After years of delicate negotiation Germany's Goethe Institute is becoming the first western cultural institute to open a reading room in the North Korean capital Pyongyang, a major cultural coup.
The Goethe Institute is coming.
Located in a cultural center in the middle of the city, the Goethe Institute's reading room is about 150 square meters (1,615 square feet) in size and contains 8,000 books, magazines, CDs and videos.
On June 3, the unprecedented project will be opened in Stalinism's last stronghold by a German delegation that includes the Goethe Institute's president, Jutta Limbach.
Jutta Limbach was president of Germany's constitutional court before taking over the top position at Goethe Institute.
"The opening of the center is a big success for our cultural policies," Limbach (photo) said in a statement. "Culture and education can achieve many things which politics alone cannot. It is our interest to use the existing possibilities for a free flow of information anywhere in the world. It is a big step forward that we have now found partners in North Korea."
The move has been billed as somewhat of a sensation as it brings uncensored literature to the communist country, which remains virtually cut off from the rest of the world. To open the reading room, German cultural diplomats had to fight hard with North Korean bureaucrats, who still insist on their country's absolute independence from the capitalist West.
It took Goethe Institute officials years to finally get permission to set up the room. Uwe Schmelter, who directs the institute's branch in the South Korean capital Seoul, negotiated the deal.
He presented Pyongyang with the idea for a reading room as a "Goethe Institute Light" after talks on an artists' exchange between North Korea and Germany in 2001. "Almost a year later, the North Koreans approached us and said: 'We want to have something like that,'" Schmelter said, adding that once the decision had been made things couldn't happen fast enough for North Korean officials.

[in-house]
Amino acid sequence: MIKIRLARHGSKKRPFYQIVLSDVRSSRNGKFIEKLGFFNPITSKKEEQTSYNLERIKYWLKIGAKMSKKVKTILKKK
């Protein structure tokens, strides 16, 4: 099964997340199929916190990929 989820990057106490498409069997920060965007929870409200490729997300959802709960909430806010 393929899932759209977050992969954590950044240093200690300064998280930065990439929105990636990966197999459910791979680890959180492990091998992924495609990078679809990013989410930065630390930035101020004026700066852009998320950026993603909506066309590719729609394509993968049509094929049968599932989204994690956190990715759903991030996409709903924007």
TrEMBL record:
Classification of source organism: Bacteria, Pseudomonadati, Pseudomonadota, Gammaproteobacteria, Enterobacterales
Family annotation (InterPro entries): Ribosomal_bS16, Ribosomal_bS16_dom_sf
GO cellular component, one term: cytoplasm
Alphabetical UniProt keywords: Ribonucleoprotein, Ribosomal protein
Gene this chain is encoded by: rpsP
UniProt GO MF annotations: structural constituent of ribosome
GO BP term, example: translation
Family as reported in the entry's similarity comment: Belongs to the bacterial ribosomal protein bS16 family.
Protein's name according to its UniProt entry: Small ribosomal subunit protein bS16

Despite this, it still took a whole year to finalize the deal. "It was all very collegial and harmonious," Schmelter said, adding that there were some problems -- "especially regarding principles that we consider non-negotiable."
Among the sticking points were unrestricted access to the reading room as well as uncensored and open presentation of the materials, Schmelter said.
Half of the reading rooms 8,000 items will be of a scientific nature and don't present a problem. But Goethe Institute officials insisted on choosing the others freely and cover all areas "necessary to present a current and complete picture of Germany," Schmelter said.
Free access for all?
A North Korean soldier holds "shells" to blow up the Capitol Hill in Washington, D.C., in this poster released by Pyongyang's Korean Central News Agency in 2003. The Korean Banner read: "Ruthless Punishment to U.S. Imperialism."
The room will be run by North Koreans, but Schmelter, who functions as the de facto director, is optimistic that Pyongyang will stick to the agreement of free access. "We'll monitor this closely," he said, adding that some Germans were already in the North Korean capital. "The contract is clear on this."
It's also clear that North Koreans have a special relationship with Germany as the two countries share a history of division, Schmelter told DW-WORLD. Many North Koreans also speak German because exchange programs existed with communist East Germany before the fall of the Berlin Wall in 1989.
There's also hope that the reading room will be followed by other projects: At a dinner following the signing of the contract, a North Korean official in charge of cultural cooperation with other countries said she hoped Germans would see the deal as her country's willingness to open up.